By Lee Shu Yen, MBBS, adjunct associate professor, Singapore National Eye Centre, and edited by Michael P. Kelly, FOPS
Photographed by Kasi Sandhanam, Singapore National Eye Centre
A 54-year-old man presented with the complaint of metamorphopsia—specifically, macropsia—in his right eye. Best-corrected visual acuity BCVA was 6/18 in the right eye and 6/6 in the left eye. Three years earlier, he had been diagnosed with an epiretinal membrane in the affected eye. He said he had been advised that surgery had a low rate of success, but that he was seeking a second opinion from us, as his symptoms were worsening and interfering with daily function.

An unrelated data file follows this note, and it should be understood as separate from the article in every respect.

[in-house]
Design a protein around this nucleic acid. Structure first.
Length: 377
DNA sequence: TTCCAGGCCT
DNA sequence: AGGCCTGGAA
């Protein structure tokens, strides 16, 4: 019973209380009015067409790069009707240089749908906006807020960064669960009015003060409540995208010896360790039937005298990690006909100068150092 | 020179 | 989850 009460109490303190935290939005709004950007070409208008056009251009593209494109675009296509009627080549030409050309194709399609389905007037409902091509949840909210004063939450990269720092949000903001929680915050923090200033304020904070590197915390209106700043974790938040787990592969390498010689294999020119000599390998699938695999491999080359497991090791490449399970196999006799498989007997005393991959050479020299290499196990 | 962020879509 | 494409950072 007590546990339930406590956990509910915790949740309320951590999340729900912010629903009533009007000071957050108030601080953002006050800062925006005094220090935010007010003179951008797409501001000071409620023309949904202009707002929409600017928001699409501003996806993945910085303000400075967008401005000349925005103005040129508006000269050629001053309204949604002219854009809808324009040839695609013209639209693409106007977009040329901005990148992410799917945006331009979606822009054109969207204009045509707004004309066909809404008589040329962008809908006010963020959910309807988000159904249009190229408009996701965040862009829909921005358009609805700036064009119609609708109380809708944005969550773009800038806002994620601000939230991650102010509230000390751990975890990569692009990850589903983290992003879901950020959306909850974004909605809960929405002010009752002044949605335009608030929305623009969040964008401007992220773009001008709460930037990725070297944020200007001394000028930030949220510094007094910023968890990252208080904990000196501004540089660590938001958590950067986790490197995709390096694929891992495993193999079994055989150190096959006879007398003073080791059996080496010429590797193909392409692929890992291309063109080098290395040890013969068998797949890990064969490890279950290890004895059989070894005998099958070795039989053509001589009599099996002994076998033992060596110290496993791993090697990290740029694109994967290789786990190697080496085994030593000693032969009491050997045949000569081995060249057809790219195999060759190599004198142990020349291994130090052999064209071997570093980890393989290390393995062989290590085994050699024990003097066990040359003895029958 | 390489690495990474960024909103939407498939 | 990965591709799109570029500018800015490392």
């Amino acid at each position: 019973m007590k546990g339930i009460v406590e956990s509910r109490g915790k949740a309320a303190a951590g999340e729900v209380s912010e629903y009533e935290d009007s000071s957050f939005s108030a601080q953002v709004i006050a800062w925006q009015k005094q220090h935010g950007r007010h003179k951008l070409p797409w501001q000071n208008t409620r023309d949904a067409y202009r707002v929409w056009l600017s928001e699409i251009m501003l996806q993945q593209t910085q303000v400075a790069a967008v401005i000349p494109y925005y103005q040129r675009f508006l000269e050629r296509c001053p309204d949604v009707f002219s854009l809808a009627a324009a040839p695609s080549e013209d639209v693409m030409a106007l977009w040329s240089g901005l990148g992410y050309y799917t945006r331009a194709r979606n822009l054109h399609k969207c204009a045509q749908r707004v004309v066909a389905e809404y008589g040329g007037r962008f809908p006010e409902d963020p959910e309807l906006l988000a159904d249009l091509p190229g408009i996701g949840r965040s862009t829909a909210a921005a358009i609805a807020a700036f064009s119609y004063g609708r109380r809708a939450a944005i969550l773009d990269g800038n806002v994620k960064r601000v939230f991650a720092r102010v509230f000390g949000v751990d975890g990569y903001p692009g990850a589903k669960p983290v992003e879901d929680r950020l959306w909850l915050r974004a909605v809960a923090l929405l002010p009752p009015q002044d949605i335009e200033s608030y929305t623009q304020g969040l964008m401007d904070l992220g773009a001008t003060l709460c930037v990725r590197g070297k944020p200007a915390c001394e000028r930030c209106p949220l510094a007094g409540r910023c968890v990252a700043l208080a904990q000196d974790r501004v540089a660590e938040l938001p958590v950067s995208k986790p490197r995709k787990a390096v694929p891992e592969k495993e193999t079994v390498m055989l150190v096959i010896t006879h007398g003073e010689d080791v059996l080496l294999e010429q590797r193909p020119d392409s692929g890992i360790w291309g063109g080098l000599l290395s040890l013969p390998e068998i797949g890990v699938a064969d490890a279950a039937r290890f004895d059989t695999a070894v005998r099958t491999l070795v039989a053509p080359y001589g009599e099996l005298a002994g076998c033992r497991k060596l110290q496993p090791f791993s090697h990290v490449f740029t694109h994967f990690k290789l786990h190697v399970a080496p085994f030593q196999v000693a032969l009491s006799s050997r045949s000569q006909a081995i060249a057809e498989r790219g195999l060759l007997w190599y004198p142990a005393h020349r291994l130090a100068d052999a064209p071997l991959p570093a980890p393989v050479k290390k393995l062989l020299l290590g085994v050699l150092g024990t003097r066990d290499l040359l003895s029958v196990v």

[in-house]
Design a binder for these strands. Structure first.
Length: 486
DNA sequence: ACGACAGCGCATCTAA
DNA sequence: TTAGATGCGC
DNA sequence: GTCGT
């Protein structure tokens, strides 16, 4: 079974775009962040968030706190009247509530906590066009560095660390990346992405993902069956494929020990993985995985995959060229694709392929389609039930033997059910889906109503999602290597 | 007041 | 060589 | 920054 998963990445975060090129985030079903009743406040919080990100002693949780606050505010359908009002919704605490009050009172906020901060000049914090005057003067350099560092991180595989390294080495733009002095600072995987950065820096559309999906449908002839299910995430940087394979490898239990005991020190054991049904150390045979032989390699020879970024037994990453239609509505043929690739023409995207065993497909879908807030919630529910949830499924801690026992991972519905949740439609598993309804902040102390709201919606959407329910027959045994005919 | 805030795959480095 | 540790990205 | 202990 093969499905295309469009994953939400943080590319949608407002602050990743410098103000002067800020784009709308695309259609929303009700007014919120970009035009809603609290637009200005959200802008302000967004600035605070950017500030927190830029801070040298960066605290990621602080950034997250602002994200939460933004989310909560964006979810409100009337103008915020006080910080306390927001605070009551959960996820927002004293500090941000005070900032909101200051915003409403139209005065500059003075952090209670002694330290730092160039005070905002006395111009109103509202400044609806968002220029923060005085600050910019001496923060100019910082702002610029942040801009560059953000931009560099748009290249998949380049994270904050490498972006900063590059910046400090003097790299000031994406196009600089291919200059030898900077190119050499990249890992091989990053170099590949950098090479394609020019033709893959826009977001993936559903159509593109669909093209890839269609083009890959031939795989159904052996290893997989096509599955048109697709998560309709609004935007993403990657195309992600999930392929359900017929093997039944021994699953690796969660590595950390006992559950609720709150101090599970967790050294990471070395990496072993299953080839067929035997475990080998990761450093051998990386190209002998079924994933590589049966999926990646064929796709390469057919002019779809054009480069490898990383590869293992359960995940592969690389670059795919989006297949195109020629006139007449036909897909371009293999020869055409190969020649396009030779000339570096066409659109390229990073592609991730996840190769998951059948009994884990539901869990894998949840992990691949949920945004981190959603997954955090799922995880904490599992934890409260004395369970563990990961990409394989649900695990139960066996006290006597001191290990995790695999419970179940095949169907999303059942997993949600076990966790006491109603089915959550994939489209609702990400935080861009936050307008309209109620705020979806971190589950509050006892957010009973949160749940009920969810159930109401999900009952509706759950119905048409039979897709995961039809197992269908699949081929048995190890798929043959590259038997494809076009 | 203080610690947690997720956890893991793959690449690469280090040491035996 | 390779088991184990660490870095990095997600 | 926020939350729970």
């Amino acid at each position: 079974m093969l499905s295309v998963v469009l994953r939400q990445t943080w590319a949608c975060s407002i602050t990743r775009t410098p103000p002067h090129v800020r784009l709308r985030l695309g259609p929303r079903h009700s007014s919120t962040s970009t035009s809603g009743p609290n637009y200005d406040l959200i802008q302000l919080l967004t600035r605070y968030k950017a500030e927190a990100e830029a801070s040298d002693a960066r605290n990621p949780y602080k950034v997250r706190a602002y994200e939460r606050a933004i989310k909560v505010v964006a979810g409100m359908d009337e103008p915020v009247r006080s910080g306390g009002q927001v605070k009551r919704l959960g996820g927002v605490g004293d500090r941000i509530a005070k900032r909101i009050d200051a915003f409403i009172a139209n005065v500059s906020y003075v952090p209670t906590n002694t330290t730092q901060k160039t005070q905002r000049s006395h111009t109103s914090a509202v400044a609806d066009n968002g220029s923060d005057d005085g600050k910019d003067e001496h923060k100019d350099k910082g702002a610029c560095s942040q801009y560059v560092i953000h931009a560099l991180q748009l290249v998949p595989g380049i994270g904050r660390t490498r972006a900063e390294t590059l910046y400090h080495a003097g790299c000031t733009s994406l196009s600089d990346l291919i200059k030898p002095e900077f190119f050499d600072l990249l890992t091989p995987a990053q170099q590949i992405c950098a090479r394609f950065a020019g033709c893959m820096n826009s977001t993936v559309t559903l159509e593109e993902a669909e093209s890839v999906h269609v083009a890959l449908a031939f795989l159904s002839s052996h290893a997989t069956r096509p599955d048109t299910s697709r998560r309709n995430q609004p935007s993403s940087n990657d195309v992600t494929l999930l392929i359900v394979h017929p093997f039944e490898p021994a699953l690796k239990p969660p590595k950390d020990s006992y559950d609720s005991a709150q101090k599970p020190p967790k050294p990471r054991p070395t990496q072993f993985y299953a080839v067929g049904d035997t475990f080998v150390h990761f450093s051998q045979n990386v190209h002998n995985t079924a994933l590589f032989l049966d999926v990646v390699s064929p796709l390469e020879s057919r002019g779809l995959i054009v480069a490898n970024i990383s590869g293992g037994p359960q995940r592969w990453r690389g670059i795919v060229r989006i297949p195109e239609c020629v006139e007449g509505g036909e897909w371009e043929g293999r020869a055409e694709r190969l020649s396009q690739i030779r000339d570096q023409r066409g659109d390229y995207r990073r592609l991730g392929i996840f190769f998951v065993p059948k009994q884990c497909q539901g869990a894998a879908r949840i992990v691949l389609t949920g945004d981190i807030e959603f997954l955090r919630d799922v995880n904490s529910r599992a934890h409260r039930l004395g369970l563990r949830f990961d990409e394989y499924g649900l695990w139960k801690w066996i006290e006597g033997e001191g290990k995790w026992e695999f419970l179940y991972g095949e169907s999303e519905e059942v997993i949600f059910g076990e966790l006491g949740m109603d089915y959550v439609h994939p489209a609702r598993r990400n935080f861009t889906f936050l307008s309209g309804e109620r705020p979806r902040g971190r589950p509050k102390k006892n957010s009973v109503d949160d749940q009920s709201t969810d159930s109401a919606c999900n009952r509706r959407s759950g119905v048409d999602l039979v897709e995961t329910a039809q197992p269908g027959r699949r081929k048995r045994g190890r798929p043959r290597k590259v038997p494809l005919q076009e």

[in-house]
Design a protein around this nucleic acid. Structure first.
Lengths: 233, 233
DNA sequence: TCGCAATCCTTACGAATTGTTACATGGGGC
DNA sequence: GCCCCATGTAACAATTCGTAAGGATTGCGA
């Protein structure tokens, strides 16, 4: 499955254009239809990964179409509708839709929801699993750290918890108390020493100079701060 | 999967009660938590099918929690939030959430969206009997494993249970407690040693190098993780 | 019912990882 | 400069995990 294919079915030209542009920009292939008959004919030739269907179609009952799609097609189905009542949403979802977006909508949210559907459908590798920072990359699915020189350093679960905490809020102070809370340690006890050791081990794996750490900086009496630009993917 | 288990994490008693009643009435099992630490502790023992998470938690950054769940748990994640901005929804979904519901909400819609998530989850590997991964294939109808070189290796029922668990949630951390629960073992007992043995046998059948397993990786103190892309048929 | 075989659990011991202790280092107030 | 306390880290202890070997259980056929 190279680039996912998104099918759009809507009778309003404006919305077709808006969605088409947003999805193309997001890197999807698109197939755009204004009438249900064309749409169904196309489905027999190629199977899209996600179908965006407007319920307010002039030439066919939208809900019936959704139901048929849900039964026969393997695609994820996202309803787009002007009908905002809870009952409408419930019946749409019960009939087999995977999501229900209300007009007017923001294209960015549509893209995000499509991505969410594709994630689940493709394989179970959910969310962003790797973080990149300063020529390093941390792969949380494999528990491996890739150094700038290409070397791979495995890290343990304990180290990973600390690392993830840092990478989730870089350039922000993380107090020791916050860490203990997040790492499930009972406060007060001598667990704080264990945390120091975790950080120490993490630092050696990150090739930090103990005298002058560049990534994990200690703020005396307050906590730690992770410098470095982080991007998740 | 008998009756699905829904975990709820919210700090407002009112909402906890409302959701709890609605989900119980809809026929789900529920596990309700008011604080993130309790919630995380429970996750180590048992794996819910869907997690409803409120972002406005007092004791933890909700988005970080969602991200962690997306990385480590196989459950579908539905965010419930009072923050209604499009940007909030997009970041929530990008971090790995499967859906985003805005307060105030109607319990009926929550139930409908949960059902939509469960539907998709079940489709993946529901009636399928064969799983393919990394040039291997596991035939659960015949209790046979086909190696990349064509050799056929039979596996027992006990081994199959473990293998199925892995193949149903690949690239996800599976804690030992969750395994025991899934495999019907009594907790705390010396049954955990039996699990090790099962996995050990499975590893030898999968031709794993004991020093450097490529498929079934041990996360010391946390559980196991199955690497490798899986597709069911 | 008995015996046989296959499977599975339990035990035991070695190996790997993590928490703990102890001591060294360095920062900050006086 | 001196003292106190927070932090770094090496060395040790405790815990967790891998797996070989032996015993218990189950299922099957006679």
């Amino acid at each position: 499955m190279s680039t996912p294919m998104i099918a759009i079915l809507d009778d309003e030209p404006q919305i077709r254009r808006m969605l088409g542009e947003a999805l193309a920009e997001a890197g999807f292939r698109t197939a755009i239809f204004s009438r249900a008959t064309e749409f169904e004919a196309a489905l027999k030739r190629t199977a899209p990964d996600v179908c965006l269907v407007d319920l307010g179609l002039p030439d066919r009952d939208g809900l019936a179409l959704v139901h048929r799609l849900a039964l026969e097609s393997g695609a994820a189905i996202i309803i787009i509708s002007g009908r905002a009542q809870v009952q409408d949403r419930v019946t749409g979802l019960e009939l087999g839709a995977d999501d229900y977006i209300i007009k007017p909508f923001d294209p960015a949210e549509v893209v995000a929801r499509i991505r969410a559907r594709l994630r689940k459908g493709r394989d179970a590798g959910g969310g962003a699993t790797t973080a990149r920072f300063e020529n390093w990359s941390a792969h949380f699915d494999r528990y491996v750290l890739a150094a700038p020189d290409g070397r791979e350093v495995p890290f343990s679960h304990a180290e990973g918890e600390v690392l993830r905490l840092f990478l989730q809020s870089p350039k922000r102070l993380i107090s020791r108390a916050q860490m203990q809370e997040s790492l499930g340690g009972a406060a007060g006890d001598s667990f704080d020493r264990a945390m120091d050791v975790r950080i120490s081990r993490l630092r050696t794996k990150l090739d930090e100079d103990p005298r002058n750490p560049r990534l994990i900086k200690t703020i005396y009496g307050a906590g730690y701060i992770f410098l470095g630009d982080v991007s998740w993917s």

The anterior segment examination was normal, but a dilated fundus examination revealed a dense epiretinal membrane causing significant macular distortion. An OCT scan confirmed this finding. The patient underwent a pars plana vitrectomy and membrane peel.
Four days postoperatively, the patient’s vision was reported as clearer and no longer obscured. The patient’s macula was still slightly swollen, but the epiretinal membrane was no longer evident on fundus examination or OCT scan.
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